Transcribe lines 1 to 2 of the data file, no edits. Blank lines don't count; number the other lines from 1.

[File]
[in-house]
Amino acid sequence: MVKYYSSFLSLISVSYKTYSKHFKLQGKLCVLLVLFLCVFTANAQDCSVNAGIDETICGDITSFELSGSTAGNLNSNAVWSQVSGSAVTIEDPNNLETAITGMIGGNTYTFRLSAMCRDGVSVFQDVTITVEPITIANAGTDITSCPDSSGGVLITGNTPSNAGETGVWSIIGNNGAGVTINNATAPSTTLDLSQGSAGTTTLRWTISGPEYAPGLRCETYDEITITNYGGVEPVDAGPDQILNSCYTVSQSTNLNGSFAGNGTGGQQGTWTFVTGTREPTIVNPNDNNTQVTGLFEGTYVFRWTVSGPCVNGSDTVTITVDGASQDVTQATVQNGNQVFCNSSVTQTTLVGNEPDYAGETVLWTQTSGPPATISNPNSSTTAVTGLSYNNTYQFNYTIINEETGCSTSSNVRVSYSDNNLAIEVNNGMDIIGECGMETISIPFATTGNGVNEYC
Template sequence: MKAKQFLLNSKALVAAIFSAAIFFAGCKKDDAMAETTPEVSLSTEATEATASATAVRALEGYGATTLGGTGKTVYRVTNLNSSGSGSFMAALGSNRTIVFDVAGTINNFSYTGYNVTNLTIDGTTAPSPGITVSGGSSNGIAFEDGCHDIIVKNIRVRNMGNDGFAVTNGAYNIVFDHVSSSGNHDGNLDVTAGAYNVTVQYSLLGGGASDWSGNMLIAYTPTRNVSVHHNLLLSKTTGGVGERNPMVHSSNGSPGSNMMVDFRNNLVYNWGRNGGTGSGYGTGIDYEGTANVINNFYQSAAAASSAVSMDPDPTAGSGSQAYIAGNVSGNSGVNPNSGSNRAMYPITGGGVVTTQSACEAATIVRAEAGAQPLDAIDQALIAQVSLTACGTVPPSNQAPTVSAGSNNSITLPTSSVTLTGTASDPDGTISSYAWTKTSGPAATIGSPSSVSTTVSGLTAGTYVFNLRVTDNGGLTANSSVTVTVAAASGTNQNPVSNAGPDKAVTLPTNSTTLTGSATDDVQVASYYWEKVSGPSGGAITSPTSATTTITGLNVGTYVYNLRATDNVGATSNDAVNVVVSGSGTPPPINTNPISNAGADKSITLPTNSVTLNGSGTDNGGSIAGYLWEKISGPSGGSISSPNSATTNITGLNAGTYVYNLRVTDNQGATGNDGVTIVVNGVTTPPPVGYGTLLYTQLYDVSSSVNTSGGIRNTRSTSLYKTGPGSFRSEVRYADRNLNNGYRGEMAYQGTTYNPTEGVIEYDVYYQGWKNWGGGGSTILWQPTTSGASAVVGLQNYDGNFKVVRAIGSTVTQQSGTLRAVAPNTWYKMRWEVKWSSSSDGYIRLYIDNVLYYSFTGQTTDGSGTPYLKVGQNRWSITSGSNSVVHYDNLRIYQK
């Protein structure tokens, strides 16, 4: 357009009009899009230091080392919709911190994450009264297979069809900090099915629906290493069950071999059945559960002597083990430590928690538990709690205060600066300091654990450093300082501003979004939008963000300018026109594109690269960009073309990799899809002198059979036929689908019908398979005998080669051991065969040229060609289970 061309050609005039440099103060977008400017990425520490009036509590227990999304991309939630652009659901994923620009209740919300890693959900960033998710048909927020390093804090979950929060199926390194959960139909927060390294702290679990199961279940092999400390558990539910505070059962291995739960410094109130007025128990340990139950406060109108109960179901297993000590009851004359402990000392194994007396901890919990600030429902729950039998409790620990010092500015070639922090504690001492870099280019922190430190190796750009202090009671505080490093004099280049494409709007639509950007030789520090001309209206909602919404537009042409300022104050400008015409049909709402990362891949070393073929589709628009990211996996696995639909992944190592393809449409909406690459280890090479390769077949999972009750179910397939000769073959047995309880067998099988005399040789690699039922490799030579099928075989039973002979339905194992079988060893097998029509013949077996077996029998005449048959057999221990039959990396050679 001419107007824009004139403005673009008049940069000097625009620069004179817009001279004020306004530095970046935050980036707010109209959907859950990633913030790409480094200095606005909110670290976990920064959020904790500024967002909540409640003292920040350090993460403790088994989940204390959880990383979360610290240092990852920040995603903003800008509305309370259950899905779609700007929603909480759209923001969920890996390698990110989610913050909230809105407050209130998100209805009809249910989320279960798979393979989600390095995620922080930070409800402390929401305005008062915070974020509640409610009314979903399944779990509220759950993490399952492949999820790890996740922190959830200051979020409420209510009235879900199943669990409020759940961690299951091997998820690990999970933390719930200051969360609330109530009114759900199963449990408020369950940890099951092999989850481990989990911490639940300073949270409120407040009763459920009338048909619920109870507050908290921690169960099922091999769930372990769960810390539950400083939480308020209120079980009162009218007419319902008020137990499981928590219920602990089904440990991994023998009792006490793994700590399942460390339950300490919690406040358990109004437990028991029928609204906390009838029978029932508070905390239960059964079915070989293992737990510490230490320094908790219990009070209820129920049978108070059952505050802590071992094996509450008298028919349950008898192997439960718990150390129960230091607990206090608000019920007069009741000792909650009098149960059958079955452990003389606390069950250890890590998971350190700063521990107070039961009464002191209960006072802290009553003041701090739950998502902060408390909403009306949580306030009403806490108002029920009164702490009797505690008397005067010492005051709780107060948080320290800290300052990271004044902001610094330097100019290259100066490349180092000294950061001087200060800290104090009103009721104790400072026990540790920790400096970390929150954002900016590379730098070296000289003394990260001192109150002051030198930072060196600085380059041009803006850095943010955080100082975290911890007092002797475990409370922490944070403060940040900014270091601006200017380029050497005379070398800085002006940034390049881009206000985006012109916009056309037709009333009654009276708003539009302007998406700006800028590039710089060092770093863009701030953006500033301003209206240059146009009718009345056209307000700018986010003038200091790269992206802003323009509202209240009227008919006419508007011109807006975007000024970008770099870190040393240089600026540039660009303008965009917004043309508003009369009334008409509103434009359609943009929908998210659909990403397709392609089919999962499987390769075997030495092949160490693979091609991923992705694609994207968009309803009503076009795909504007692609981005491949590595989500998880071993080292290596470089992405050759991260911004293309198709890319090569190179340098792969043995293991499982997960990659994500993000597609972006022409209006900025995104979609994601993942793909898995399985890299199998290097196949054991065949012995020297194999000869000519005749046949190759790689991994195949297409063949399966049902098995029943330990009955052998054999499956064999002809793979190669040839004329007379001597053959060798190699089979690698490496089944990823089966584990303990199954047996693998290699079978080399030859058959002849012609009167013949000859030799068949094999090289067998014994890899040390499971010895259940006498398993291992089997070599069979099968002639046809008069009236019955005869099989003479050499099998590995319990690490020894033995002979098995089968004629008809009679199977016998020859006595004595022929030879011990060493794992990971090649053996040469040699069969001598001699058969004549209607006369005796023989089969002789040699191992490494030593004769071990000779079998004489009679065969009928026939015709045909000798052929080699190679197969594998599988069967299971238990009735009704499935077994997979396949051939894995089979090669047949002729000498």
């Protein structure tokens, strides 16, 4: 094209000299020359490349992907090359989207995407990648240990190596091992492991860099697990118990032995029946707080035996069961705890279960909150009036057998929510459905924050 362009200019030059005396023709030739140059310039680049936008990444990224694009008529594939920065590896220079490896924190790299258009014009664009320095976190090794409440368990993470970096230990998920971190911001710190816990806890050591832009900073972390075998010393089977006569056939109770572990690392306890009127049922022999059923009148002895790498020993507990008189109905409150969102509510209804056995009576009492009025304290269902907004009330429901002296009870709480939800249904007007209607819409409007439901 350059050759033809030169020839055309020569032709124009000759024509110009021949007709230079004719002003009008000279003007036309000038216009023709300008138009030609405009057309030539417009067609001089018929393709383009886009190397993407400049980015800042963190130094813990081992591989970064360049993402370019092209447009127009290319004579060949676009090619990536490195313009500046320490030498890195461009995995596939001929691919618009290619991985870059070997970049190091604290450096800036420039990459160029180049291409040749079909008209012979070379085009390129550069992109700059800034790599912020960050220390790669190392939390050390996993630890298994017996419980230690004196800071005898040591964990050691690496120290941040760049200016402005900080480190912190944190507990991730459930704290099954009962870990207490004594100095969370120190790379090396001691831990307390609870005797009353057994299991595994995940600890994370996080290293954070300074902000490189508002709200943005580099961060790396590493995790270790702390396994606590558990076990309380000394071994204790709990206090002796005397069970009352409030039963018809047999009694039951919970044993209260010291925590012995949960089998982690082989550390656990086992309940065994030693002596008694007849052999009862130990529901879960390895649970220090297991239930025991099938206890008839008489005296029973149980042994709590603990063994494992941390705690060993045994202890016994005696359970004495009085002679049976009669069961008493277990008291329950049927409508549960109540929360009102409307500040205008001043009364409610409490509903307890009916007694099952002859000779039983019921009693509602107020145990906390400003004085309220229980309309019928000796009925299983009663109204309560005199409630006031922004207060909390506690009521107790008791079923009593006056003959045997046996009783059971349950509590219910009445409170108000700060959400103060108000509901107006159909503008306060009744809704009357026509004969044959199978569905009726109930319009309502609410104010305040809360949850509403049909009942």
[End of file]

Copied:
[in-house]
Amino acid sequence: MVKYYSSFLSLISVSYKTYSKHFKLQGKLCVLLVLFLCVFTANAQDCSVNAGIDETICGDITSFELSGSTAGNLNSNAVWSQVSGSAVTIEDPNNLETAITGMIGGNTYTFRLSAMCRDGVSVFQDVTITVEPITIANAGTDITSCPDSSGGVLITGNTPSNAGETGVWSIIGNNGAGVTINNATAPSTTLDLSQGSAGTTTLRWTISGPEYAPGLRCETYDEITITNYGGVEPVDAGPDQILNSCYTVSQSTNLNGSFAGNGTGGQQGTWTFVTGTREPTIVNPNDNNTQVTGLFEGTYVFRWTVSGPCVNGSDTVTITVDGASQDVTQATVQNGNQVFCNSSVTQTTLVGNEPDYAGETVLWTQTSGPPATISNPNSSTTAVTGLSYNNTYQFNYTIINEETGCSTSSNVRVSYSDNNLAIEVNNGMDIIGECGMETISIPFATTGNGVNEYC